Wi-Fi: macOS CoreWLAN

The macOS CoreWLAN datasource works with the built-in Airport Wi-Fi interfaces on macOS. It does not work with USB or Thunderbolt based devices.

Packet capture on Wi-Fi is accomplished via “monitor mode”, a special mode where the card is told to report all packets seen, and to report them at the 802.11 link layer instead of emulating an Ethernet device.

The macOS CoreWLAN Wi-Fi source will auto-detect supported interfaces by querying the network interface list and checking for wireless configuration APIs. It can be manually specified with type=osxcorewlan:


The macOS CoreWLAN Wi-Fi capture uses the ‘kismet_cap_osx_corewlan_wifi’ tool, and should typically be installed suid-root. macOS requires root permissions to change the state of the network interface.

Example source definitions:




macOS Wi-Fi channels

Wi-Fi channels in Kismet define both the basic channel number, and extra channel attributes such as 802.11N 40MHz channels, and 802.11AC 80MHz and 160MHz channels.

Kismet will auto-detect the supported channels on most Wi-Fi cards. Monitoring on HT40, VHT80, and VHT160 requires support from the hardware, firmware, and drivers.

Channels can be defined by number or by frequency.

xxBasic 20MHz channel, such as 6 or 153
xxxxBasic 20MHz frequency, such as 2412
XXHT2020MHz HT20 channel, such as 6HT20
XXXXHT2020MHz frequency, such as 2412HT20
xxHT40+40MHz 802.11n with upper secondary channel, such as 6HT40+
xxHT40-40MHz 802.11n with lower secondary channel, such as 6HT40-
xxVHT8080MHz 802.11ac channel, such as 116VHT80
xxVHT160160MHz 802.11ac channel, such as 36VHT160

Supported hardware

The Kismet macOS CoreWLAN support works with the Airport internal Wi-Fi hardware only.

macOS CoreWLAN Wi-Fi source parameters

Naming and description options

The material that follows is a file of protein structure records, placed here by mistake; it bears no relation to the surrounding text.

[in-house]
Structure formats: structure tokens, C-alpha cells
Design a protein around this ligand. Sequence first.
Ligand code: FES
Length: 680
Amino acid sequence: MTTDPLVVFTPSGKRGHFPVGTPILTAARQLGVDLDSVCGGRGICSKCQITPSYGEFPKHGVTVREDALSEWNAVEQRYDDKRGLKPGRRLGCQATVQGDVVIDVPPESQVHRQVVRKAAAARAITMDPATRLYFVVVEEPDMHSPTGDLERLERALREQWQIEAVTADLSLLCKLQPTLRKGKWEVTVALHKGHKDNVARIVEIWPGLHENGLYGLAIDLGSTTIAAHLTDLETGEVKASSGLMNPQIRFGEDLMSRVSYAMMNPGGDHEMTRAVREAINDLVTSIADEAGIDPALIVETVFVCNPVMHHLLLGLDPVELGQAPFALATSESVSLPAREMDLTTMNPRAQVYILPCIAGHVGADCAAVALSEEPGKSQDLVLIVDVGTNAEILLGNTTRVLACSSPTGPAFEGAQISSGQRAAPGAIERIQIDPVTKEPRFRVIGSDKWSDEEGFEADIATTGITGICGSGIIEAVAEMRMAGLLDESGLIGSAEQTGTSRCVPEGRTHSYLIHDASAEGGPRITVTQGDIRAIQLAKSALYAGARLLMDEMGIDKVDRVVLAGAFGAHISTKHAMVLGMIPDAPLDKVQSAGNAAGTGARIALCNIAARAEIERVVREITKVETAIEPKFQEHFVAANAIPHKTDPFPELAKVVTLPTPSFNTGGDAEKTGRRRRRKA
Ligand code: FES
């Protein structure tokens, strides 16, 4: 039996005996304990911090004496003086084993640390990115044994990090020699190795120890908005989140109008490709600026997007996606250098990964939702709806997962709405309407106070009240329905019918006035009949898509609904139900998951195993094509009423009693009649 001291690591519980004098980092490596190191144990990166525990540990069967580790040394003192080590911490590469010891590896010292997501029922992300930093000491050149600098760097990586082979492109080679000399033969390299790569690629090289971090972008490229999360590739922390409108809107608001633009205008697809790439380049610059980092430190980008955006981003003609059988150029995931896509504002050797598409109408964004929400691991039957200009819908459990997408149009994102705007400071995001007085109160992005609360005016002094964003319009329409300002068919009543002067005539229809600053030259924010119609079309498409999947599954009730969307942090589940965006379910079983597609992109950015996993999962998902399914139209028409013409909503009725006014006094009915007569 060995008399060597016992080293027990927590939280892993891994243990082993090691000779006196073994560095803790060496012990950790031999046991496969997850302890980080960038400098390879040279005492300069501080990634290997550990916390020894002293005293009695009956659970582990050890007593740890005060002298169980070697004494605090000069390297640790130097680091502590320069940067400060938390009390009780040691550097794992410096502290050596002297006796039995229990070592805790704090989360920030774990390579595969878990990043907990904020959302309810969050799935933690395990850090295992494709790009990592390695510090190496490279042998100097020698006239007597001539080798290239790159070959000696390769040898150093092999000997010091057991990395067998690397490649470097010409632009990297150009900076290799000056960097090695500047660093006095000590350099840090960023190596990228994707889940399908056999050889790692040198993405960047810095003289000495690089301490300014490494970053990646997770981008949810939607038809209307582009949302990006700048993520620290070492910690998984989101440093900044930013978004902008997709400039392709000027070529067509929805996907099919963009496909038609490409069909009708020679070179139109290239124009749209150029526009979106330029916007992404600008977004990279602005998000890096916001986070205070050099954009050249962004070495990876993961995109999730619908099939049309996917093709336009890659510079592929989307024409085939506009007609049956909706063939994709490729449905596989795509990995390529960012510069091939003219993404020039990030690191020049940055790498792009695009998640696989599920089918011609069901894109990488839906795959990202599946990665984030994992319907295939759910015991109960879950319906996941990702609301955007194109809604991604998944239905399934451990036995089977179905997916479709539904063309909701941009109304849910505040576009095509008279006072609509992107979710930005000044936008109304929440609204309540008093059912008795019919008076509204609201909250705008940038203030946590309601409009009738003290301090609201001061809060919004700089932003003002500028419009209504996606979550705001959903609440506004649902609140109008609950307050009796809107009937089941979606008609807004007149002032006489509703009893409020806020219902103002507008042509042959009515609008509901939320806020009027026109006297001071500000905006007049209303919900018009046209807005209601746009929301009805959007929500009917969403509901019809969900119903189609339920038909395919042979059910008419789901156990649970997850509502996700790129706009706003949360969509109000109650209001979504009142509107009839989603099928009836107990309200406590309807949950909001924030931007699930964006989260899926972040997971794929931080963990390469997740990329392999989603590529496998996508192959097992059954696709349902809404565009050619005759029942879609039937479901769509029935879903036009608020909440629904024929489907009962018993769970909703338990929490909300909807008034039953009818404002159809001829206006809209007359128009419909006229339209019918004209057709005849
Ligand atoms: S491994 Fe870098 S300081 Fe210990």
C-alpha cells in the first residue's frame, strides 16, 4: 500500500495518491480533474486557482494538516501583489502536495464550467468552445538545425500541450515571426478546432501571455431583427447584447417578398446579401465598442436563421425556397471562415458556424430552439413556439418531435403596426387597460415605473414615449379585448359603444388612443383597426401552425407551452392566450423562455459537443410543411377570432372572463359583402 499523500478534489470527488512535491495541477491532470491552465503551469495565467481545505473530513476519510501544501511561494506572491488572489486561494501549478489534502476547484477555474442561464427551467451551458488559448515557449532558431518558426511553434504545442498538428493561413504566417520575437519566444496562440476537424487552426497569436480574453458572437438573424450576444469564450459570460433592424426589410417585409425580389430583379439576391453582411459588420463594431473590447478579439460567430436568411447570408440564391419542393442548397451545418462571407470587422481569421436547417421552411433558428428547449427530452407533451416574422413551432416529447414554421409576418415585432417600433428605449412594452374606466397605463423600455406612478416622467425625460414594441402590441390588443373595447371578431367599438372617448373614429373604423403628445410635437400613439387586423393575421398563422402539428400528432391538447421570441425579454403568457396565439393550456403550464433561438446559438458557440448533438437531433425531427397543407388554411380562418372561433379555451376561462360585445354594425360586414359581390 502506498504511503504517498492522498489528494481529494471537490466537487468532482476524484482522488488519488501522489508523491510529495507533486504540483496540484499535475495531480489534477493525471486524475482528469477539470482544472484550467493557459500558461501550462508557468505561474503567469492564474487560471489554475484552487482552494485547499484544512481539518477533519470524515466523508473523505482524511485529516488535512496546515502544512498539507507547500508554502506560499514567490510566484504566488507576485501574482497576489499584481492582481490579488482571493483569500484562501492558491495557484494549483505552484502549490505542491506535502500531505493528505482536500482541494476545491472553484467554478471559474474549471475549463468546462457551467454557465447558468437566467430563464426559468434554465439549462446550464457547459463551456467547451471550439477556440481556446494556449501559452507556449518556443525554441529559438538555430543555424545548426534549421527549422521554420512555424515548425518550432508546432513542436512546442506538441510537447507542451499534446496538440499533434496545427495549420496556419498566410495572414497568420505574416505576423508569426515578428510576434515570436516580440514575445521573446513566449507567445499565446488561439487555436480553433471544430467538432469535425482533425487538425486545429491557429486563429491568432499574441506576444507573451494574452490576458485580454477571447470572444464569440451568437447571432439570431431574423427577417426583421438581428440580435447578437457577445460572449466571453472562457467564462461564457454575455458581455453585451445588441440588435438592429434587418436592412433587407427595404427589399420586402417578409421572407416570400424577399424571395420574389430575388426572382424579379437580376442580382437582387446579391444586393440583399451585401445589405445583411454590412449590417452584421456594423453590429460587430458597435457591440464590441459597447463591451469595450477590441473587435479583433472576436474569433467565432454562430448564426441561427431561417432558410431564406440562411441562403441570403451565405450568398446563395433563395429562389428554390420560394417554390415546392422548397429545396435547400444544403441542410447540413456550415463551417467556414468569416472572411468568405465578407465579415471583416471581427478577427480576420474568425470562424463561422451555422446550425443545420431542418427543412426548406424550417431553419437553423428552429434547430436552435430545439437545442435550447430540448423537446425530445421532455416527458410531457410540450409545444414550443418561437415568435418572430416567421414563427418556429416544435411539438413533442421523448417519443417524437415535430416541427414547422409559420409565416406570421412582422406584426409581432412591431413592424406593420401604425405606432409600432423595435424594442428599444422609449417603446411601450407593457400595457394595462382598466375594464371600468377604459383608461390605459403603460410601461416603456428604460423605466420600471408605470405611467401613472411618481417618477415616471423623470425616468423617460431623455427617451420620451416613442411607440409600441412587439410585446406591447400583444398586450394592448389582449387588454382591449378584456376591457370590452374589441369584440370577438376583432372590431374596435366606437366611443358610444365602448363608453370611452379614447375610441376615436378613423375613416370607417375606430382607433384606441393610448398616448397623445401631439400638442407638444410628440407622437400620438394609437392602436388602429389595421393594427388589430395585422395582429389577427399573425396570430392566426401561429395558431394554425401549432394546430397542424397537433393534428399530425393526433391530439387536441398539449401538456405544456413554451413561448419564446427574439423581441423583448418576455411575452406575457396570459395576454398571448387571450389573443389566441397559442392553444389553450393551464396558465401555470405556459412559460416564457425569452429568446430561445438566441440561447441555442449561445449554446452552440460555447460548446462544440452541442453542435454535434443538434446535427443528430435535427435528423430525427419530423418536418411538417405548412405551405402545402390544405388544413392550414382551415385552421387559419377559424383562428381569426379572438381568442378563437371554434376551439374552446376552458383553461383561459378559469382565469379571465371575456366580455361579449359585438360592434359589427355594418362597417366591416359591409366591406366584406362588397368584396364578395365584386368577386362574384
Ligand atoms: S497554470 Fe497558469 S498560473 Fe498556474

All data sources accept the common naming and description options.

Channel control options

channel_hop={ true } / { false }

Enable or disable channel hopping on this data source. Even if Kismet is (configured for)[/docs/readme/datasources/channelhop/#configuration] channel hopping.

channel_hoprate={ rate/sec } / { rate/min }

Change the hop rate for this source.

channel={ channel }

Set the source to a specific channel; combine with channel_hop=false to set the capture to a single channel forever.



channels={ channel1,channel2,...,channelN }

Set a fixed list of channels instead of probing the source for all supported channels.

The list of channels must be:

  • Comma separated
  • Contained in quotes



If defining datasources on the command line when launching Kismet, be aware that most shells will elide the quotes, leading to a setup error. You can avoid this by surrounding the source definition in single quotes:

kismet -c 'wlan0:name=Foo,channels="1,2,3,4,5,6,36HT40+"'

add_channels={ channel1,channel2,...,channelN }

Append a list of channels to the detected list of channels.

Kismet will autodetect channels on almost all Wi-Fi sources, but some non-standard channels like half and quarter channel allocations must be manually added.

The list of channels to add must be:

  • Comma separated
  • Contained in quotes



If defining datasources on the command line when launching Kismet, be aware that most shells will elide the quotes, leading to a setup error. YOu can avoid this by surrounding the definition in single quotes:

kismet -c 'wlan0:name=Foo,add_channels="1W5,2W5,6W10"'

Interface control options

timestamp={ true } / { false }

Typically, Kismet will override the timestamp of the packet with the local timestamp of the server; this is the default behavior for remote data sources, but it can be turned off either on a per-source basis or in kismet.conf globally.

Generally the defaults have the proper behavior, especially for remote data sources which may not be NTP time synced with the Kismet server.

Filtering options

dot11_process_phy={ true } / { false }

802.11 Wi-Fi networks have three basic packet classes - Management, Phy, and Data. The Phy packet type is the shortest, and contains the least amount of information - it is used to acknowledge packet reception and controls the packet collision detection CTS/RTS system. These packets can be useful, however they are also the most likely to become corrupted and still pass checksum.

Kismet turns off processing of Phy packets by default because they can lead to spurious device detection, especially in high-data captures. For complete tracking and possible detection of hidden-node devices, it can be set to ’true’ but this generally results in a large number of bogus device detections.